Understanding she had become an international star, Jorgensen realized her lack of privacy would make a return to her career as a photographer impossible. Instead, she chose to take advantage of her moment in the spotlight and take ownership of her celebrity.

Jorgensen began a career as a singer, dancer, and storyteller who excited audiences and charmed the paparazzi. Soon after, Hollywood welcomed her, and theater and film contracts rolled in. She used her new platform to speak about transgender rights and issues.

She also endured a good amount of public hostility after her return. Jorgensen received unwelcome offers from the print media. They wanted her to pose nude in their publications and published intimate details of her life with titles like “Impostor” and “Female Impersonator.” Few understood why she had made the choice she had.

Despite the challenges, she had to weigh her want for a private life against her need to make a living with paid public appearances. Jorgensen remained in the public eye.

Her celebrity waned in the 1960s, so she turned to talk shows and college tours to discuss gender identity and other transgender issues. Jorgensen provided a platform for people throughout the gender spectrum to ask her questions without concern for fear or embarrassment. Nothing gender-related was taboo.

She released “Christine Jorgensen, a Personal Autobiography” in 1967. They made the book into a film titled “The Christine Jorgensen Story.” It was released in 1970.

In the fall of 1970, Jorgensen got into a public feud with Vice President Spiro Agnew after he accused GOP Senator Charles Goodell of flip-flopping and being the “Christine Jorgensen of the Republican Party.” She publicly requested an apology, noting you didn’t make demands of the Vice President of the United States — but never received one.

Throughout the 1960s and 1970s, she made a comfortable living touring the country, singing, and performing. Her charisma and wit made her a hit on college campuses and on talk shows. Both were a highlight to Jorgensen, allowing her to connect with her audience in a way she couldn’t in other mediums.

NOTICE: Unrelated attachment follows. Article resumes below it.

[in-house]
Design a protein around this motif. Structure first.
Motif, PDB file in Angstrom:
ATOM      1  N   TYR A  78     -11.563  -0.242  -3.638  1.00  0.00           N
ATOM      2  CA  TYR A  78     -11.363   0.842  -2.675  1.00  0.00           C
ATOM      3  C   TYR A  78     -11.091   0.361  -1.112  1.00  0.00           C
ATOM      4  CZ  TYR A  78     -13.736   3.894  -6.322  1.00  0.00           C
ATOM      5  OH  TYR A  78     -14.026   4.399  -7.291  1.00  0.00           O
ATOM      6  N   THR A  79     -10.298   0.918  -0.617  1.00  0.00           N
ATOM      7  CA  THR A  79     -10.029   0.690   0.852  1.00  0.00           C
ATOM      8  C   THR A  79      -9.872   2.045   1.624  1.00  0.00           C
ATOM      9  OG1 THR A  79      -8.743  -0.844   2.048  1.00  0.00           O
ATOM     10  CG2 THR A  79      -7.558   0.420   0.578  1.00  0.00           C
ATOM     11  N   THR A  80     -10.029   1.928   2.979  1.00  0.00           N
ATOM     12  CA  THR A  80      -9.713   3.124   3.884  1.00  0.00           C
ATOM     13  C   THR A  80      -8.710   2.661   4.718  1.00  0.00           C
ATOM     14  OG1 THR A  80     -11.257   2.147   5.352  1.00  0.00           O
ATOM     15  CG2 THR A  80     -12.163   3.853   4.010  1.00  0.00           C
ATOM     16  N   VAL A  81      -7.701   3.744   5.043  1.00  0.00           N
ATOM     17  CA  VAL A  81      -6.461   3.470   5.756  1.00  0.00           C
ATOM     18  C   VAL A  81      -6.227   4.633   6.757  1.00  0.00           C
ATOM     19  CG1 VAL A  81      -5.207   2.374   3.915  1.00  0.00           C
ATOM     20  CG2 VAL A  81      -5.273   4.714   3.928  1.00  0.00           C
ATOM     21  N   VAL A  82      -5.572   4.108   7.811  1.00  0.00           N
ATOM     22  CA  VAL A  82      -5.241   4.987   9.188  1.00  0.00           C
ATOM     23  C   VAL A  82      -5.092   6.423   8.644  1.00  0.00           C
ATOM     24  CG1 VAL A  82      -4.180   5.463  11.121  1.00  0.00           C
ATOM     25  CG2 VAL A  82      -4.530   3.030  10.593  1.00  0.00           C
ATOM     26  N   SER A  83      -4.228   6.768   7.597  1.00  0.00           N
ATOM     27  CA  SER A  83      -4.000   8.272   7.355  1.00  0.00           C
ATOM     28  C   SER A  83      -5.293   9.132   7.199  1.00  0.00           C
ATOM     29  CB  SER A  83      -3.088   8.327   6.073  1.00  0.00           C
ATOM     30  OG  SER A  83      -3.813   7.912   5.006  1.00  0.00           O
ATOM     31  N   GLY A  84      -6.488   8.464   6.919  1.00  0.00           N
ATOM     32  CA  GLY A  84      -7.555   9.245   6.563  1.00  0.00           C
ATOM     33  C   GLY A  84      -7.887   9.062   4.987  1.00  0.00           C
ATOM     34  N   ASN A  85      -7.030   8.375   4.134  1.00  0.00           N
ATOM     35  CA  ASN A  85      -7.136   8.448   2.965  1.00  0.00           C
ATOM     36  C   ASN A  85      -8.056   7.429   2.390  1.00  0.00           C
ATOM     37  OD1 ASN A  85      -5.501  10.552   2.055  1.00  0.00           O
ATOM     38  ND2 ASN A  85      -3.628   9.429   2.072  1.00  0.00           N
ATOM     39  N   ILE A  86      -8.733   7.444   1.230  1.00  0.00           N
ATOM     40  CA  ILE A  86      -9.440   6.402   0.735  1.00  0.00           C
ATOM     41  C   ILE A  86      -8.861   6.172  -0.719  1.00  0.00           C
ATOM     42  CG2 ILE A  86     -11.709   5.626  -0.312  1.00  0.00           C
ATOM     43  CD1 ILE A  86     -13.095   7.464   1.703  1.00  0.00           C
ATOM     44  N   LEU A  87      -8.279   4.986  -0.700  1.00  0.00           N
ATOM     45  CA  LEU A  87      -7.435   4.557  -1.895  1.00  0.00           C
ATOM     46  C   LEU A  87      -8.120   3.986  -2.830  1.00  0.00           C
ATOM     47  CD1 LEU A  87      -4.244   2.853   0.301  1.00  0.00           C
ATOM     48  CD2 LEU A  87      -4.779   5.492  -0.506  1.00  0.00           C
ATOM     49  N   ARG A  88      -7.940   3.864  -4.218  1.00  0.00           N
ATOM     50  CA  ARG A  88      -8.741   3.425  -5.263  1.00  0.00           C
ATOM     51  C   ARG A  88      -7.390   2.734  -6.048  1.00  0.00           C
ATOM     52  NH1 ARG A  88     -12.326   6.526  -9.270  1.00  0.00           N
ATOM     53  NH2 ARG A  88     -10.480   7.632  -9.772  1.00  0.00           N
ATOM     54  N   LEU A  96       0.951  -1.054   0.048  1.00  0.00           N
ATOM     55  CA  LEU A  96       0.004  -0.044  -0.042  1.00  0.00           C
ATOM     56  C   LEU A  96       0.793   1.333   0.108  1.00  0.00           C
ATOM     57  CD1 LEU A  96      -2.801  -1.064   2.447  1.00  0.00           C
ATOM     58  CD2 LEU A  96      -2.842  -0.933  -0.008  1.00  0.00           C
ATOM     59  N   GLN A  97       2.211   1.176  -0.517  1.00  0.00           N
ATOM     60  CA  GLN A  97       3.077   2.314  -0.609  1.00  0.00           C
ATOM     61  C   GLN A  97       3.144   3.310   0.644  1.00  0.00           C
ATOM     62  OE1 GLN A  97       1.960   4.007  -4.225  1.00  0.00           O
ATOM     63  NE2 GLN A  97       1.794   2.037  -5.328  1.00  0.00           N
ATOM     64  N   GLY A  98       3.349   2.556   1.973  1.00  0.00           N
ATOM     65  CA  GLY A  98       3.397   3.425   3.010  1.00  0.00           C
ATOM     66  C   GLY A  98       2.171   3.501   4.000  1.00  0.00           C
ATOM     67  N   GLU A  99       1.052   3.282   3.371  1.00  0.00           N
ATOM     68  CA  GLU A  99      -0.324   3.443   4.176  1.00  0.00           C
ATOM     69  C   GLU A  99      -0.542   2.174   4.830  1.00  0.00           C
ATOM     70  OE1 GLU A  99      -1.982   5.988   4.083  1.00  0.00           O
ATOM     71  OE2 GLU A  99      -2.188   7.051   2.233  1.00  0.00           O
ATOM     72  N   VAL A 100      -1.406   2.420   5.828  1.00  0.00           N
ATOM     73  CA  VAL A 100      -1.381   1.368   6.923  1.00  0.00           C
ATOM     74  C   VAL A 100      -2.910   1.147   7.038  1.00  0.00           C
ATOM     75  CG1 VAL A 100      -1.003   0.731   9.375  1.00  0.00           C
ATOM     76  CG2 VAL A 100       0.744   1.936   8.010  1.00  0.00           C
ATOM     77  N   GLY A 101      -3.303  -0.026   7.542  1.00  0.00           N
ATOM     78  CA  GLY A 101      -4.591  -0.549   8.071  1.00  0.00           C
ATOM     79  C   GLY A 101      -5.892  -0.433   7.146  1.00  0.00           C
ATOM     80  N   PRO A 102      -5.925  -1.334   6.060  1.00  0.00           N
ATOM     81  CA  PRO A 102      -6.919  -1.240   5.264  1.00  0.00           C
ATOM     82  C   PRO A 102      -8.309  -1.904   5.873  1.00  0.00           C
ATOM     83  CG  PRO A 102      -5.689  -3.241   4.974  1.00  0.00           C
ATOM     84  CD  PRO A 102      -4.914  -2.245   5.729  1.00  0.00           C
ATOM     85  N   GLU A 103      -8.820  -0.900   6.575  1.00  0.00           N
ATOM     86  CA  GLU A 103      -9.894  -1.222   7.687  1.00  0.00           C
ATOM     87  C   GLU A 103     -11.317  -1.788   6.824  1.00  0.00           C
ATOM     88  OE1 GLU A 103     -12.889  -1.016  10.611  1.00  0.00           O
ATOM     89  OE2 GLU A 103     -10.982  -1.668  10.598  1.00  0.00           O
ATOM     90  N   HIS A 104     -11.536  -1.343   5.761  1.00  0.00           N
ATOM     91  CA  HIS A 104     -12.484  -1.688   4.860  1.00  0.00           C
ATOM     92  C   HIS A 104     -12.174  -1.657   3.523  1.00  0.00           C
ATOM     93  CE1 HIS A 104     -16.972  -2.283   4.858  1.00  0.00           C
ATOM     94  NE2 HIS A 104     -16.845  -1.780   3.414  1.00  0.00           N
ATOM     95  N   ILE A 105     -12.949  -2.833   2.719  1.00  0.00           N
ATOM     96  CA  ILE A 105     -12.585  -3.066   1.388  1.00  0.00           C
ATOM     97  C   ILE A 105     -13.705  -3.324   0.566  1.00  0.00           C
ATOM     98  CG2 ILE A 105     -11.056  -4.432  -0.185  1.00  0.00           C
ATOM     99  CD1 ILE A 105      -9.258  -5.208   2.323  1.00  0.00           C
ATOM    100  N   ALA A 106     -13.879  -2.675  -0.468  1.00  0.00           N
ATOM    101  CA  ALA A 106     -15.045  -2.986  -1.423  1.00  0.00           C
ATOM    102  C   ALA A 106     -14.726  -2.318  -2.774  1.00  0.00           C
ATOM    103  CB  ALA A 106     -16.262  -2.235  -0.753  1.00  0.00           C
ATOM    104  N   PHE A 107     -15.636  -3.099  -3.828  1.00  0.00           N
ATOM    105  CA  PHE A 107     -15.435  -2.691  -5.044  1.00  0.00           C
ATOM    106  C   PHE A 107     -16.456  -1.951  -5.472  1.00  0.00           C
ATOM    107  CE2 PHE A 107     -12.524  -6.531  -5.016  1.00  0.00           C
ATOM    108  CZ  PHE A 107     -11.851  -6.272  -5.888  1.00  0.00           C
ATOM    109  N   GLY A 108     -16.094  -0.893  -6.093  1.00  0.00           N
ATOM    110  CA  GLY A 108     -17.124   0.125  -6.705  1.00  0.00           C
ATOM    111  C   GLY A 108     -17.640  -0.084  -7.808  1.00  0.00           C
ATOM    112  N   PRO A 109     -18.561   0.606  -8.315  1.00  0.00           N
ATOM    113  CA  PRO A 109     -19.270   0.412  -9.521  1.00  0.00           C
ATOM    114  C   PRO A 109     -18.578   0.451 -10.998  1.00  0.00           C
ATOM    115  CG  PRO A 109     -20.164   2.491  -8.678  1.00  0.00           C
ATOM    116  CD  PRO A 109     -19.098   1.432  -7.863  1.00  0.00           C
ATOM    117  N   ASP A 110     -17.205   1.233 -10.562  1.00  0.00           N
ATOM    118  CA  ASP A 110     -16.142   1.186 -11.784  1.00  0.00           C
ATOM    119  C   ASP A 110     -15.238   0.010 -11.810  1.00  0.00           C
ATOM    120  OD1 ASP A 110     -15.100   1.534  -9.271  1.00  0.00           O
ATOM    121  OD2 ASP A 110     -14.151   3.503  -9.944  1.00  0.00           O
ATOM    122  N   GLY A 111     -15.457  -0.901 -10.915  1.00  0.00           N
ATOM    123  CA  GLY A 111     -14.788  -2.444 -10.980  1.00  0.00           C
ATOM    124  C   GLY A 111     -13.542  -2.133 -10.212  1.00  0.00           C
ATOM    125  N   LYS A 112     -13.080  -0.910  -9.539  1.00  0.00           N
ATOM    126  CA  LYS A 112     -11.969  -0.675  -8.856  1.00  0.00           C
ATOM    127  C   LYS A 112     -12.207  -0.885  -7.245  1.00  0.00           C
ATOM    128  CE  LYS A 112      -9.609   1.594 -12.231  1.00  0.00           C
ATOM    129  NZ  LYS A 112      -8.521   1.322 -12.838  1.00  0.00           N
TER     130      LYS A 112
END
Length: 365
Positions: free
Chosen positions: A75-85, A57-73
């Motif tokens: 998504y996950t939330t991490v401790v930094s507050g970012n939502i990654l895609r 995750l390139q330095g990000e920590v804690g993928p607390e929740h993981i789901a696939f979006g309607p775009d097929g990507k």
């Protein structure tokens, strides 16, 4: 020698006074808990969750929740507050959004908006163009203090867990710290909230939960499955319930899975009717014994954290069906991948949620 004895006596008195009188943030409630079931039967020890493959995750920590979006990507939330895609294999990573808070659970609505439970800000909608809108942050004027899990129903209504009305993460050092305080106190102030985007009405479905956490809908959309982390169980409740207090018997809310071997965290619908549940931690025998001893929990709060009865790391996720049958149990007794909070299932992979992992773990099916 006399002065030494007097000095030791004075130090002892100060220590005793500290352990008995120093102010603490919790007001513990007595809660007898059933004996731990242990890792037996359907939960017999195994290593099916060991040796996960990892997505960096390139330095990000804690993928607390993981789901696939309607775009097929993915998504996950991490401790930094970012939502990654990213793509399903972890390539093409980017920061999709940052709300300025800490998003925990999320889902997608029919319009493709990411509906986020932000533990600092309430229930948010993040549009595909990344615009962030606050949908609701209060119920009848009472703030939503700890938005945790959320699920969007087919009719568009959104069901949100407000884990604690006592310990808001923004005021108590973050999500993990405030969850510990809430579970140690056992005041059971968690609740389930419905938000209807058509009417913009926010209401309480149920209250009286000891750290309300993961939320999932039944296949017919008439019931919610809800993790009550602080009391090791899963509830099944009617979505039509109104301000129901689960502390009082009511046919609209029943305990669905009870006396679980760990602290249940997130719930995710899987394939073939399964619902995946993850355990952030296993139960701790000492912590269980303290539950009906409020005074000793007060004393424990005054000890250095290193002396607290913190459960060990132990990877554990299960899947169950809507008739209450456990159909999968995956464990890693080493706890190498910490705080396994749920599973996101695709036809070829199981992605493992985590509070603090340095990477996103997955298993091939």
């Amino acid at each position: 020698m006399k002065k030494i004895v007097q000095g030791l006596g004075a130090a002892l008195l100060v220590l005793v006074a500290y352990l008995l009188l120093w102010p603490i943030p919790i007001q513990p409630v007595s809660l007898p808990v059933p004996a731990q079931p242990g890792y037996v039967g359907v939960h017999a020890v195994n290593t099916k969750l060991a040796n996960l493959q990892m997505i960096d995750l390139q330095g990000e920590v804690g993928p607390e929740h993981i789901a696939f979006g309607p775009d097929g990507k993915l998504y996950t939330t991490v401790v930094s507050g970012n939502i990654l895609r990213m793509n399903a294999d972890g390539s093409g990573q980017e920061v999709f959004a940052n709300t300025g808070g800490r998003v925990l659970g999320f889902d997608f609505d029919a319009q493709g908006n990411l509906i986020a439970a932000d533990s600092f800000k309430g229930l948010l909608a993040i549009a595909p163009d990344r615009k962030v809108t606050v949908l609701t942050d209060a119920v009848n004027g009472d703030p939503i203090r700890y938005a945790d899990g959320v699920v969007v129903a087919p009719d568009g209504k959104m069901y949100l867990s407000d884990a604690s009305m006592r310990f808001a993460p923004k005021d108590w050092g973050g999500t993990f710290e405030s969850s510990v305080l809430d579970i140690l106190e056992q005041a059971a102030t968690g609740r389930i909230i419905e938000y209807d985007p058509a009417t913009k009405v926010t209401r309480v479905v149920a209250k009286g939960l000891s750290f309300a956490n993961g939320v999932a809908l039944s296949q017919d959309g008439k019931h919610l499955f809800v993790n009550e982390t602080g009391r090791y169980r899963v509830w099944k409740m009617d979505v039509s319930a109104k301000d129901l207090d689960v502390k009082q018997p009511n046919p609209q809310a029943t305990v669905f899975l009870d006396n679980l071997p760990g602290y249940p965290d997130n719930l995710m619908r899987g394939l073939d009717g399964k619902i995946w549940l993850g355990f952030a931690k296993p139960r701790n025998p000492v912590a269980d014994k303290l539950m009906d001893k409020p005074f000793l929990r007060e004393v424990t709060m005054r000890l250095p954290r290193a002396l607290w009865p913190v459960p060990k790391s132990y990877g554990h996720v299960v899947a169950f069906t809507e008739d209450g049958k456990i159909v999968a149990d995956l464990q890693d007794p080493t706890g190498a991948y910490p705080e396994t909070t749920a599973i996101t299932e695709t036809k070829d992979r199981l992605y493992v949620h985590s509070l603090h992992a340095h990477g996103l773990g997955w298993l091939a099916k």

By the early 1980s, Jorgensen had semi-retired from public life and made her home in San Clemente, California. A heavy smoker with a two-pack-a-day habit since her teens, she was diagnosed with cancer in 1987. Jorgensen died of bladder and lung cancer on May 3, 1989, at the age of 62.

Christine Jorgensen was a pioneer, helping others find the courage to accept who they were. She helped pave the way for the transgender people who followed. Unapologetic about who she was, Jorgensen opened the door to a better understanding of sexuality and gender fluidity.

She didn’t start the sexual revolution but, as she said, gave it “a good swift kick in the pants.”


  • "5 Powerful LGBTQ Quotes That Made History." IN Magazine. Last modified January 26, 2021.
  • Bedwell, Michael. "Remembering Transgender Pioneer Christine Jorgensen." LGBTQ Nation. Last modified October 8, 2019.
  • "Christian Hamburger – World Queerstory." World Queerstory. Accessed May 28, 2021.
  • "Christine Jorgensen - Woman of the Year." YouTube. October 15, 2009.
  • Molina, Jasely. "Pride History Month: Christine Jorgensen." Bronxnet. Last modified June 18, 2019.


About the Creator

Matt Reicher

Historian for The Streets of St. Paul and Minnesota Then. I'm using this platform to share stories about Minnesota history and whatever else (or wherever else) I find interesting at the time.